Well, what a difference a year can make, that is the one constant I am always reminded of is no two growing years are the same they may be alike in some ways but never the same. Last year the widespread fires throughout the western states were the defining factor, leading to short grape tonnage. This year we had some fires but not to the extent of last year, however we had limiting rainfall and that resulted in lower tonnage from 5 to 20 percent in some regions. Together these back to back grape shortages dried up excess bulk inventory in California and beyond.
Central Valley being the largest grape producing region depends on rainfall but really depends on irrigation and water allocations to make up the late season water needs, which just were not available preliminary talk is 10 – 15 percent tonnage reduction, this was a surprise to some growers as they were seeing bunch counts at normal rates but at harvest grapes were not sizing up, quality is there overall. Harvest started one to two weeks early and everyone thought we were going to wrap-up in September, but the vineyards stalled out for a few weeks then slowly ripened dragging out the harvest till end of October. The upshot of all this was there were no grapes left to buy at the end of the season.
Central Coast had a similar pattern of except starting later and stalling out harvest did not end until the wineries screamed uncle around Thanksgiving, some ranches did not make minimum brix requirements. Overall quality was good, but tonnage was down 15 percent and it took forever to get the grapes in the winery due to tank space limitations in some wineries.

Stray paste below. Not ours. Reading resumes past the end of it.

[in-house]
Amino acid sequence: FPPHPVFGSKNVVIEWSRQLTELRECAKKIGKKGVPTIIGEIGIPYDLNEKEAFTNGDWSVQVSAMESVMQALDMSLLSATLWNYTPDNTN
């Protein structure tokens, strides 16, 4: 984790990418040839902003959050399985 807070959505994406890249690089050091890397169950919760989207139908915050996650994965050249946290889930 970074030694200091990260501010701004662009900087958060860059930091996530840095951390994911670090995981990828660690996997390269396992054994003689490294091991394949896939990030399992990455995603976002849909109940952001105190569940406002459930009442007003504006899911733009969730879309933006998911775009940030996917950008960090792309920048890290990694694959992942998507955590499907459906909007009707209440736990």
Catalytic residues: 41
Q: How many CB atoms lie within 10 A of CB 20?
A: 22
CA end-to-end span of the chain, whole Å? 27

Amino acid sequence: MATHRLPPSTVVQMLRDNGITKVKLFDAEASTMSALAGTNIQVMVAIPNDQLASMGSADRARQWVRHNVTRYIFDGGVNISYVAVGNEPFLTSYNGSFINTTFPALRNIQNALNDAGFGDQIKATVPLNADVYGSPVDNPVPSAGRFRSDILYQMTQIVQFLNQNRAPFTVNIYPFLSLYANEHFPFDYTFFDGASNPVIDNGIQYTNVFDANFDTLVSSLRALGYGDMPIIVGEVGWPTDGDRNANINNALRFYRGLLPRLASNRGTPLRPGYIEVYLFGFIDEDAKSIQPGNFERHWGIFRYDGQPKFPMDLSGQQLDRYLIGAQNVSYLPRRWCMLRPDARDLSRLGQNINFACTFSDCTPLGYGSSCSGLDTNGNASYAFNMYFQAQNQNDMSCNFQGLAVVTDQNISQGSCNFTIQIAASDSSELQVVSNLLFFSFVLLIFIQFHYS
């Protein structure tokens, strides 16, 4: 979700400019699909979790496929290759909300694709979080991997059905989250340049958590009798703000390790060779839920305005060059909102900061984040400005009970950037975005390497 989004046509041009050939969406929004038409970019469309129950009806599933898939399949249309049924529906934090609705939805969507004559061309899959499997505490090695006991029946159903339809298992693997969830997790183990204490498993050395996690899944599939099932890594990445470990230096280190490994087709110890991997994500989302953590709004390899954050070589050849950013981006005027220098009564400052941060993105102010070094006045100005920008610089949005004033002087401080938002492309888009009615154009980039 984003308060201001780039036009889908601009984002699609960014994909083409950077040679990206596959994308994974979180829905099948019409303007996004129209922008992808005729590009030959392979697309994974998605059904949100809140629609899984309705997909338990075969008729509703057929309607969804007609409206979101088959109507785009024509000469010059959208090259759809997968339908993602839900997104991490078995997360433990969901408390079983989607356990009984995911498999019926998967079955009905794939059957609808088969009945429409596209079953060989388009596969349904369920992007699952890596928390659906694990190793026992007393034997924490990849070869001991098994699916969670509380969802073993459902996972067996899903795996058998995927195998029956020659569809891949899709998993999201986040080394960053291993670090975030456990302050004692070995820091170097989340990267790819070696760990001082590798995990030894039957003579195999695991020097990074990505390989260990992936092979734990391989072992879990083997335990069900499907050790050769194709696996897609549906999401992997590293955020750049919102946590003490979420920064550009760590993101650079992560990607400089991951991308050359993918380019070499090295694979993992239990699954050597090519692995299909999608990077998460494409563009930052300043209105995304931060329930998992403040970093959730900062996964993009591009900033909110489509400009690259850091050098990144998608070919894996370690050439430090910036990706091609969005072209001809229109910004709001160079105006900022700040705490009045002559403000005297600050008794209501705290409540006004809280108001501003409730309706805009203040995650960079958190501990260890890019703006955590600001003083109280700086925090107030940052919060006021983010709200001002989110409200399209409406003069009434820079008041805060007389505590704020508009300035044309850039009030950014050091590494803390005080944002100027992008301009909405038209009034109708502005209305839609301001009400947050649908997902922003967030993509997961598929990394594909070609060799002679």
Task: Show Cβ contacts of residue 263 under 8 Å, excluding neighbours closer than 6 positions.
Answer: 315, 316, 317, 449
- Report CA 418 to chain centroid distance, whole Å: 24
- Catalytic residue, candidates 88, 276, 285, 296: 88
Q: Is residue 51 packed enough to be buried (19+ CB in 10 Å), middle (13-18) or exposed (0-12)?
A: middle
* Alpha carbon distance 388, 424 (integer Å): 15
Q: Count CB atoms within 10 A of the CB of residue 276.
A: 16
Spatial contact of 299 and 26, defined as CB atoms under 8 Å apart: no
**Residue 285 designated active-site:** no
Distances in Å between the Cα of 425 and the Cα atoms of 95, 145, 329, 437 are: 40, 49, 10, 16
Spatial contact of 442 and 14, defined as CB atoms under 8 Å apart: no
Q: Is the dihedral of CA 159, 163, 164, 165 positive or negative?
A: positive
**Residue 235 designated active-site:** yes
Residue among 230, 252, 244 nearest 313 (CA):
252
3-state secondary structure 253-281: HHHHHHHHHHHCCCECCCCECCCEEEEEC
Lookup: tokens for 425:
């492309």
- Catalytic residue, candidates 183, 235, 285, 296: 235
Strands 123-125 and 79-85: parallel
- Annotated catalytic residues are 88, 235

Northern Central region was the only one that had a close to normal year water was not so much a issue in the Lodi, delta area although that may change in the future. Chardonnay ended up historically normal although overall whites varieties seem to be a little short vs red varieties, quality is also very good for reds and whites.
North Coast region was very short volume in the order of 20 – 25% overall, some vineyards reported up to 50% reduction all this was related to the short rainfall season specifically the lack of late season rain. Especially hard hit were vineyards along the rivers that could not draw water out to irrigate. Quality was very good as fruit did not size-up and skin to juice ratio was high, with the low yields all the vineyards were in high demand. Some late season heat pushed fruit from stagnant to ripe in 3 to 4 days catching some wineries flatfooted. All this was exacerbated by the pandemic shipping issue, as you are thinking how will that effect the harvest, well some to most wineries had a backlog of bottling demands that were keeping barrels and tanks full, creating a very full winery with no place to crush fruit, in a sense we were lucky it was not a normal crop year.
So to recap, overall we made out OK, quality was good to excellent, weather cooperated other than the rain almost all got the fruit in the winery even with a short year in time to take a break for the holidays. With that being said I say if you need wine you better buy it now, don’t delay otherwise it will be gone until next year.
Happy Holidays!

Harry Parducci
Winemaker